"Design" is also not defined in §111.70. It is used in the context of health insurance in Wis. Stat. § 149.14(4), where it refers to the "benefit levels, deductibles, copayment and coinsurance requirements, exclusions, and limitations" of the health insurance risk sharing plan created under

Ch. 149. It is also used in §635.02(1m) which defines "Benefit design characteristics" as "covered services, cost sharing, utilization management, managed care networks and other features that differentiate plan or coverage designs" in the context of group health insurance plans for small businesses. These are consistent with the common usage of ''design" that can be gleaned from general dictionaries to mean the arrangement of elements or components in a product or the

underlying scheme that governs its functioning or operation.2 Thus, the design of a health coverage plan refers to the benefit levels, deductibles, copayments, coinsurance, exclusions, limitations, covered services and other features, elements or components of a health insurance policy.

The policy in this case is summarized in Exhibit D of the Commission's record, the "WCA Group Health Trust Eau Claire County Medical Benefit Plan (EPO)." Page 1-3 specifies the

See Webster's Third New International Dictionary of the English Language Unabridged (1986) (noun, def. 5 & 6), Merriam-Webster's Collegiate® Dictionary, Eleventh Edition (online version at (noun def. 5 & 6) (both Merriam-Webster, Springfield, MA) The American Heritage Dictionary of the English Language. Fifth Edition (online version at (noun, def. 2) (Houghton-Mifflin-Harcourt, Boston MA).

amounts of the deductibles for the individual and family plans. It describes the deductible as "The amount [the covered employee] must pay each year before the plan will begin paying any benefits." The policy does not include any language about the division of responsibility between the employee and employer for that share. The reference to the employee "must pay" might be read as precluding the employer from paying a share of the deductible. However, that language was in effect when the previous collective bargaining agreement specifically provided for employer reimbursement of part of the employee share and so does not support such a reading.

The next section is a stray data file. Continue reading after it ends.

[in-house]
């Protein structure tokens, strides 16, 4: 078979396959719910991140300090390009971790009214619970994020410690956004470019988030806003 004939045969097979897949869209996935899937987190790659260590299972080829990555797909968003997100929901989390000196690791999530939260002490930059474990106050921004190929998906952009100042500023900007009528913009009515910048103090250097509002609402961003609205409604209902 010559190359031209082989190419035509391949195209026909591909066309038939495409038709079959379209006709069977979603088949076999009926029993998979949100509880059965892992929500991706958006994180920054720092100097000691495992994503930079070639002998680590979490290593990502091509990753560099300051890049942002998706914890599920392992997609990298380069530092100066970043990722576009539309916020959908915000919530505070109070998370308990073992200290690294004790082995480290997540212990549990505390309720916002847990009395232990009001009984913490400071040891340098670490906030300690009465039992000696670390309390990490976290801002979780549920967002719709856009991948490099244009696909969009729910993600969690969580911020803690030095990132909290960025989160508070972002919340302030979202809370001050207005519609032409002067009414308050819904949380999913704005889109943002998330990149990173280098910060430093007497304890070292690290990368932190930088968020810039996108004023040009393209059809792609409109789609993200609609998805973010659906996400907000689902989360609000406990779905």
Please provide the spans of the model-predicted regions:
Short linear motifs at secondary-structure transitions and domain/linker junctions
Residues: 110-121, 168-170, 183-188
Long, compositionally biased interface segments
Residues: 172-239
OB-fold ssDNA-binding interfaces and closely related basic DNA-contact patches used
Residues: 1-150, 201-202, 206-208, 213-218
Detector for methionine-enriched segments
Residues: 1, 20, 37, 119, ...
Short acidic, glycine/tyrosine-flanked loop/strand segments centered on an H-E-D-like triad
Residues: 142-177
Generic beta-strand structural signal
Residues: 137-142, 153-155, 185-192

It is logical that the plan does not address employee and employer responsibilities for payment of the deductible, because that does not concern the rights and obligations that flow between the insurer and the insured. Put another way, the sharing of costs between employee and employer is extrinsic to the plan; as long as the deductible is paid it makes no difference in the plan (or to the insurer) who has paid it. The court's conclusion is that the plain meaning of ''the design" of the plan in the statute does not include matters that are outside of the plan, such as the sharing between employer and employee of the costs of deductibles or premiums.

The parties all discuss the legislative history of §lll.70(4)(mc)6. A resort to legislative history is unnecessary and improper when the language of the statute is plain. Kalal 271 Wis.2d 633, ¶50-51. Even if it were proper, the legislative history does not alter the court's conclusion.

The provision was added during the Joint Finance Committee's consideration of 2011 Assembly Bill 40, which became 2011 Wisconsin Act 32. The subsection was adopted by Motion 472, which was accompanied by a note explaining, in relevant part, that despite the design and selection" language "The employee contribution requirements for any offered coverage for represented law enforcement and fire personal would still be collectively bargained."

The Commission reads ''employee contribution requirements for any offered coverage" in the note to refer only to what an employee pays toward the premiums of the plan, That is a reasonable reading, since premium payments are made "for", that is "to obtain," the ("offered coverage." But the note is only reassurance that the statutory language was not intended to prohibit bargaining about the amount that employees contribute to premiums. It does not follow that the legislature therefore

The Commission record does not include a copy of the motion and note or a citation to it, though both parties refer to it in their submissions to the Commission. The Commission's brief before this court has attached to it a copy of the motion and note, unauthenticated, not marked as an exhibit or as an appendix and with no citation to it's source. The court will nonethe1ess consider the motion and note because all parties discuss them in their briefs and do not dispute its language or context intended to prohibit bargaining about sharing deductible costs.

Because the court finds that the allocation of deductible costs between employer and employee is not part of the design of the insurance plan it need not reach the question of the impact of the design of the plan on wages, hours or other condition of employment."


For the reasons stated above, the ruling of the Commission is reversed. This is a final order

as defined in Wis. Stat. §808.03(1) for purposes of appeal.

Dated: October 25, 2012